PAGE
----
Difference Between Sent and Delivered (With Table)

The word ‘sent’ and ‘delivered’ have completely different meanings. The word ‘sent’ is used when a message has been sent from one side and is to be received by the receiver. Delivered and sent are frequently used to indicate message status. The status ‘delivered’ stands for completion of the process.

Sent vs Delivered

The difference between ‘sent’ and ‘delivered’ is that ‘sent’ refers to the beginning of a delivery process. On the other hand, ‘delivered’ refers to the ending of the process of sending and receiving. ‘Sent’ means that the message or an object is being transported to its destination.

The word ‘sent’ in the past and past participle tense of the word ‘send’. The word ‘send’ is used when an object or message is ready to be received by the consumer or recipient. It indicates the starting of the delivery process. After writing an email or message, when you hit the send button of the mobile screen, then the message status shows ‘sent’.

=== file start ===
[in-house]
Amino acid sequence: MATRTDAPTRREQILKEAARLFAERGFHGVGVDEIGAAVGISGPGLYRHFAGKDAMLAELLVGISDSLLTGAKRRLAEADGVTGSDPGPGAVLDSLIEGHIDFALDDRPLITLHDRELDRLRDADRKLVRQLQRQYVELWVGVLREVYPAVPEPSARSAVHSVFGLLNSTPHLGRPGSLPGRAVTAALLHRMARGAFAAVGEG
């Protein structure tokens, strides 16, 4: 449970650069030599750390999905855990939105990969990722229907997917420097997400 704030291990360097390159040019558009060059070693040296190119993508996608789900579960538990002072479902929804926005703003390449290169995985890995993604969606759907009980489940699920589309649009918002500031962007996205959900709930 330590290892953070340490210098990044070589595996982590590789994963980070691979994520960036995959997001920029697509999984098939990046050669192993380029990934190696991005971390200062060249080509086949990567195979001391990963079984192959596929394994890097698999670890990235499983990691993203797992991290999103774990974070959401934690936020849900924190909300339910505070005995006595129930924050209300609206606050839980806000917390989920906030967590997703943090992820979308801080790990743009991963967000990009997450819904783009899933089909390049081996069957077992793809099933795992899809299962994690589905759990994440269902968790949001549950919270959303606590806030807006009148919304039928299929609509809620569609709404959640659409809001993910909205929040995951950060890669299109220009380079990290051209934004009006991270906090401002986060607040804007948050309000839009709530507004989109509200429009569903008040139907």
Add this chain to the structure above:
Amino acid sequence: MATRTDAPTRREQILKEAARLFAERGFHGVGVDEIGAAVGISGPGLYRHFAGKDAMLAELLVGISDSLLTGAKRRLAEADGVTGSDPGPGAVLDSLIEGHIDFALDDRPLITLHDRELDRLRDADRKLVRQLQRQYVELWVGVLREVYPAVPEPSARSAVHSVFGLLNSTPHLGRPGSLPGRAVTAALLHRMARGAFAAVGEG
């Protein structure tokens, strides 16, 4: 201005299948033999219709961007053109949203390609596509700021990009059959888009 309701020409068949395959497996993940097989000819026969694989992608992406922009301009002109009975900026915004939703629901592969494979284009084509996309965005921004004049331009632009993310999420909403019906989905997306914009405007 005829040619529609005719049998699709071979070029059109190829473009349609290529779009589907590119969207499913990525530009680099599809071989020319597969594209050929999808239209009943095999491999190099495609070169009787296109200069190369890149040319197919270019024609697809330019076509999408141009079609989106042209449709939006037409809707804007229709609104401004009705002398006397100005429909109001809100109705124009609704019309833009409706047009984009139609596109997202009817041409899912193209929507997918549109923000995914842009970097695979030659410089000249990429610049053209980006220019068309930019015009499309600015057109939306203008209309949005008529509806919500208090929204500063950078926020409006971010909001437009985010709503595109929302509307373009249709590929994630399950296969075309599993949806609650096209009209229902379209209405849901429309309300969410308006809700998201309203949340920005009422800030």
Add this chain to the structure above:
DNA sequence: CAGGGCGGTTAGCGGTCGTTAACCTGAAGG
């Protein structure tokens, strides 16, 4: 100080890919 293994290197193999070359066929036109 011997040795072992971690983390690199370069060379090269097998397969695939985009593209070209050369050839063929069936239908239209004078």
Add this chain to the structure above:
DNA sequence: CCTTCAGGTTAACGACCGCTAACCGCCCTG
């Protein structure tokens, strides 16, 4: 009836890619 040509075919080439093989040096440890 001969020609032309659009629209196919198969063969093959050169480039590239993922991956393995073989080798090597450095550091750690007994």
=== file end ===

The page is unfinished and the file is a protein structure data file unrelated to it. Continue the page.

The status ‘delivered’ implies that the message of the object from the sender has been successfully reached the intended person or destination. ‘Delivered’ stands for the completion of the entire process of sending and receiving. When the message status of your phone shows ‘delivered’, that means the message is received but not yet read by the recipient.

Comparison Table Between Sent and Delivered

Parameters of Comparison  Sent  Delivered  
Meaning  ‘Sent’ implies that a message or object is being transported to its destination.  The term ‘delivered’ denotes that a message was successfully received by the receiver.